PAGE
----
Family of Nursing Home Resident Sues Facility After Accusations of Rape Substantiated

Earlier this month, the family of a woman who was raped while a patient at a local nursing home sued the nursing home facility under the theory that it knew of the employee’s history of sexual assault and failed to take any precautions. According to one local news report, the nursing home employee was sentenced last year in a criminal court to two to 20 years’ incarceration for rape.

Evidently, it is alleged that the 22-year-old employee of the nursing home had previous instances of alleged sexual abuse in the past, and the nursing facility failed to take any action against the employee.

The nursing home complied with the police investigation for the most part and claimed that they “administer multiple screens that all employees must pass before hire, including extensive criminal and background checks, reference checks and drug screens.” However, it seems as though this employee and his questionable past may have slipped through the cracks.

Nursing Home Sexual Abuse in Maryland

Nursing home abuse or negligence in Maryland nursing homes is far too common. This is mostly because residents in nursing homes have little contact with the outside world, and in some cases they have difficulty communicating, so they are at an increased risk for being made the victim of a sexual assault.

In many cases we see, the abuse comes to light not from direct testimony from the resident themselves (since it is often embarrassing to explain to loved ones what happened, even if they have the ability to do so) but from outside sources, such as video surveillance, other residents, and in some cases other nursing home employees.

Video Surveillance in Maryland Nursing Homes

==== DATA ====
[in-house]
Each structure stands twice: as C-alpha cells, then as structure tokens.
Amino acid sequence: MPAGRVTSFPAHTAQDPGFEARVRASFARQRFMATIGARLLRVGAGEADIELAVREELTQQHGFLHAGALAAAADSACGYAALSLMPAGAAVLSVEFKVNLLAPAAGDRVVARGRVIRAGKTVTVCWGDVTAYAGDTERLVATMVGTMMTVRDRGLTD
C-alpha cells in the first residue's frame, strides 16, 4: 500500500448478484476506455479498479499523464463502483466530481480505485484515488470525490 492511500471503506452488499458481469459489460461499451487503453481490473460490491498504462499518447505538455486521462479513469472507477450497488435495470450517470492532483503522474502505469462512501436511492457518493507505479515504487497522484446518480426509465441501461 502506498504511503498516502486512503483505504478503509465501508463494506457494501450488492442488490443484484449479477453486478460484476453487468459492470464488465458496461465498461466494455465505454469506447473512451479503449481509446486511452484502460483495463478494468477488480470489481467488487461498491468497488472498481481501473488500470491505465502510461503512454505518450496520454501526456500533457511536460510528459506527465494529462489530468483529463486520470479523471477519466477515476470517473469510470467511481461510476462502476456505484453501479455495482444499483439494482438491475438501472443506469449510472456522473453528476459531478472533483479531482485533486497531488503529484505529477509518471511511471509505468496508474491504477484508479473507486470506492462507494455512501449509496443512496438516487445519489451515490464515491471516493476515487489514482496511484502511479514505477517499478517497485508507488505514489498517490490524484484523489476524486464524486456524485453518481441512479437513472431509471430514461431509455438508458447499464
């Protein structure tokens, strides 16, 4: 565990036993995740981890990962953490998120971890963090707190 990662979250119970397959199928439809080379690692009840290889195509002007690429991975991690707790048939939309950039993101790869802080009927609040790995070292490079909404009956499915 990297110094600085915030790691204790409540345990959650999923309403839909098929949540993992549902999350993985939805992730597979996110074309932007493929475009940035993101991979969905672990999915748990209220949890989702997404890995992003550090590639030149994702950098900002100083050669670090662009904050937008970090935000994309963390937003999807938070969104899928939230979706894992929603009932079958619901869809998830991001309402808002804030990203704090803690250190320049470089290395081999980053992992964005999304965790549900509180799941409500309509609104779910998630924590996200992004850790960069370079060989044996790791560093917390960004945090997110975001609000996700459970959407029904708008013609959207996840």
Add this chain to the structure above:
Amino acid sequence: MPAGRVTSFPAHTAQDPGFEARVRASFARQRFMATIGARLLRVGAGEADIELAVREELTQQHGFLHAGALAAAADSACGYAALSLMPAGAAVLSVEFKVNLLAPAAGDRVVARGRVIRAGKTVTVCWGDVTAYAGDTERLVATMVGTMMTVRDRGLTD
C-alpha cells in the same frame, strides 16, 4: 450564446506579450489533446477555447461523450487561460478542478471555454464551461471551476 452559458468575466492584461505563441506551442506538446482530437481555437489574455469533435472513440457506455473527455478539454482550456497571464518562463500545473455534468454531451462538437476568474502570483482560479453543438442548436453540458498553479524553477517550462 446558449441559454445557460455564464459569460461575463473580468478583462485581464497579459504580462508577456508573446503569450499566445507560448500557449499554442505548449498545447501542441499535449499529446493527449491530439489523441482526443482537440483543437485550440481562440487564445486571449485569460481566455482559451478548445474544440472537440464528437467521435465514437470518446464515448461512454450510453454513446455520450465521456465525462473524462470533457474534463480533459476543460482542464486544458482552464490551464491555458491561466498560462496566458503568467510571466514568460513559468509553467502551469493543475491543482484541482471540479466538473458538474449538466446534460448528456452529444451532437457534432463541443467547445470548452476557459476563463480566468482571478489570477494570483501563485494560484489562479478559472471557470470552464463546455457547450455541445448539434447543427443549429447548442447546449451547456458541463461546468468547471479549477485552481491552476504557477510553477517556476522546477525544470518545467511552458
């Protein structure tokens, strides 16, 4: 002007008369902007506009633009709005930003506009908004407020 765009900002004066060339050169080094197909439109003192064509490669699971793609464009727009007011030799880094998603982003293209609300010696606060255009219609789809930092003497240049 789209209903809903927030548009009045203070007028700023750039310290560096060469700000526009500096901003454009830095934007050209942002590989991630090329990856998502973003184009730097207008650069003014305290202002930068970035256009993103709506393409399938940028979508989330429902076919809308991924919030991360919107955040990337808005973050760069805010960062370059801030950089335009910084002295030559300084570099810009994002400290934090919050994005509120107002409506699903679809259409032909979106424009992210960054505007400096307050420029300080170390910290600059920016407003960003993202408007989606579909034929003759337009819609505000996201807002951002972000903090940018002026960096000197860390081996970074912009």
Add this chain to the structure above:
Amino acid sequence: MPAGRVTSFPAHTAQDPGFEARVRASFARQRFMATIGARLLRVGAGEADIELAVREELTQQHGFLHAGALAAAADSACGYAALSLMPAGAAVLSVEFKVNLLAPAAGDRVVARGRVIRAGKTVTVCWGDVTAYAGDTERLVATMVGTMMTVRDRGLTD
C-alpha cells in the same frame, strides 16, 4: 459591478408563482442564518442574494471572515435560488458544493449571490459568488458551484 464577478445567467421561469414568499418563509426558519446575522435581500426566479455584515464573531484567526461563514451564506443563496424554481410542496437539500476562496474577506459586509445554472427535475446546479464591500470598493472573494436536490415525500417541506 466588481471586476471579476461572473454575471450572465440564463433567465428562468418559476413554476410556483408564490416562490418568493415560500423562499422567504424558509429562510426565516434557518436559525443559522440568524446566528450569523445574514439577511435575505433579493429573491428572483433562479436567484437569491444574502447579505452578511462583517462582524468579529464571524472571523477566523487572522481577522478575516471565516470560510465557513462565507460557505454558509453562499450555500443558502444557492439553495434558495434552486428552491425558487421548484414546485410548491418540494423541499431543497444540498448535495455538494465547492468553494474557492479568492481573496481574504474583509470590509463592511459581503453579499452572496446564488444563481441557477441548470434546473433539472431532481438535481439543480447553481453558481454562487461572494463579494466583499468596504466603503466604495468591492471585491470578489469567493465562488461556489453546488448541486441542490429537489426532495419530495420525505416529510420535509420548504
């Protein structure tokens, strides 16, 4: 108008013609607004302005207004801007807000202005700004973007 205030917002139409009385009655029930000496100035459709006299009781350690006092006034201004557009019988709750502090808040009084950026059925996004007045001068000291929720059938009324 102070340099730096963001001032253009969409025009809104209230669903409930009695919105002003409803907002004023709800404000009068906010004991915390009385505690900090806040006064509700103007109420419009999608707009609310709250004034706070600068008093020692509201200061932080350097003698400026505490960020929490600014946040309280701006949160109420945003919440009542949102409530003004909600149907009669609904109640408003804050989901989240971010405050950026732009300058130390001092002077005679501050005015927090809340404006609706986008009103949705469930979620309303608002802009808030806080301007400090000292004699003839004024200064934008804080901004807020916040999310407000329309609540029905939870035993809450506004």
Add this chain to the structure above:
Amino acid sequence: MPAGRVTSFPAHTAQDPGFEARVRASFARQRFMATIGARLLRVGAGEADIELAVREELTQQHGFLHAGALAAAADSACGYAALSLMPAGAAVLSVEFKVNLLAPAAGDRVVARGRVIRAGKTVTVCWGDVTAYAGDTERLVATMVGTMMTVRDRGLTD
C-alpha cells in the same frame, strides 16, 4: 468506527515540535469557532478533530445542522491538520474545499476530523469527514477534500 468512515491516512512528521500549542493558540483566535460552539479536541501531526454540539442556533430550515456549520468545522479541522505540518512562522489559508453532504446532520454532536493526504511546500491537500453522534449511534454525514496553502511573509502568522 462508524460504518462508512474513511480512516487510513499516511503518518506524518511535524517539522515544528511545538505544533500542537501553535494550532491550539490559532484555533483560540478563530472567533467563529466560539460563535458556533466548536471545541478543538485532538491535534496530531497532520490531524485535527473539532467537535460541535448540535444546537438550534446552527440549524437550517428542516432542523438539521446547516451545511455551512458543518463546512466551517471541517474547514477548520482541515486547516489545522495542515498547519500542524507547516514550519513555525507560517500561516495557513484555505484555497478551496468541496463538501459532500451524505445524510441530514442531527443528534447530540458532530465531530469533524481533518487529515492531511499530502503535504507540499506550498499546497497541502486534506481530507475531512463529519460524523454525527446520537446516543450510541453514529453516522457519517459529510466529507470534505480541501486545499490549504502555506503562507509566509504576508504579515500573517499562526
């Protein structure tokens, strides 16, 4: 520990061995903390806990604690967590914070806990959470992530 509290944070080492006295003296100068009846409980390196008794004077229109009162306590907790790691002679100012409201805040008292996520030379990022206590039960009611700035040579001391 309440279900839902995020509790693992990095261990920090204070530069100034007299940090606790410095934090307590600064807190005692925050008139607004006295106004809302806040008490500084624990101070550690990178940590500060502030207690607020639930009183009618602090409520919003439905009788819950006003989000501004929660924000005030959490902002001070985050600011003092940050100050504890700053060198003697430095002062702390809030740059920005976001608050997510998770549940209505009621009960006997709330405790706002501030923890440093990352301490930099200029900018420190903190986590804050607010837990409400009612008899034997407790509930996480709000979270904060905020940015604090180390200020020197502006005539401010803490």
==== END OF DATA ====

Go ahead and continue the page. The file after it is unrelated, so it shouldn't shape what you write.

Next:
Proving nursing home abuse in a Maryland court can be difficult. The use of video evidence is one of the best ways to catch a rogue employee in the act. Maryland courts have held that it is permissible for a nursing home resident or their family to put video cameras in a resident’s room, even without the permission of the management of the nursing home. The resident’s permission, however, should be obtained.

It is important to note that only video is permissible under United States Supreme Court law. If the recording includes audio, it will likely be held to have violated the privacy rights of the nursing home and its employees. If this is the case, the footage may not be admissible in court to prove the abuse.

Do You Have a Loved One in a Maryland Nursing Home?

If you have a loved one in a Maryland nursing home, and you either know or suspect that they are suffering some kind of abuse at the hands of their caregivers, you should do everything that you can to remove them from the threatening situation as soon as possible. Once they are safe, consider speaking with a dedicated nursing home abuse attorney to discuss whether you or your loved one may have a case for financial damages against the abusive employee or the nursing home that employed them. To learn more about nursing home abuse, and to speak to a skilled and compassionate attorney about your case, call 410-654-3600 to set up a free initial consultation.

See More Blog Posts:

Nursing Home Video Catches Employees Abusing Elderly Patients, Maryland Nursing Home Lawyer Blog, published December 5, 2014.

Alabama Nursing Home Employee Indicted for Abusing 96-Year-Old Resident, Maryland Nursing Home Lawyer Blog, published January 23, 2014.

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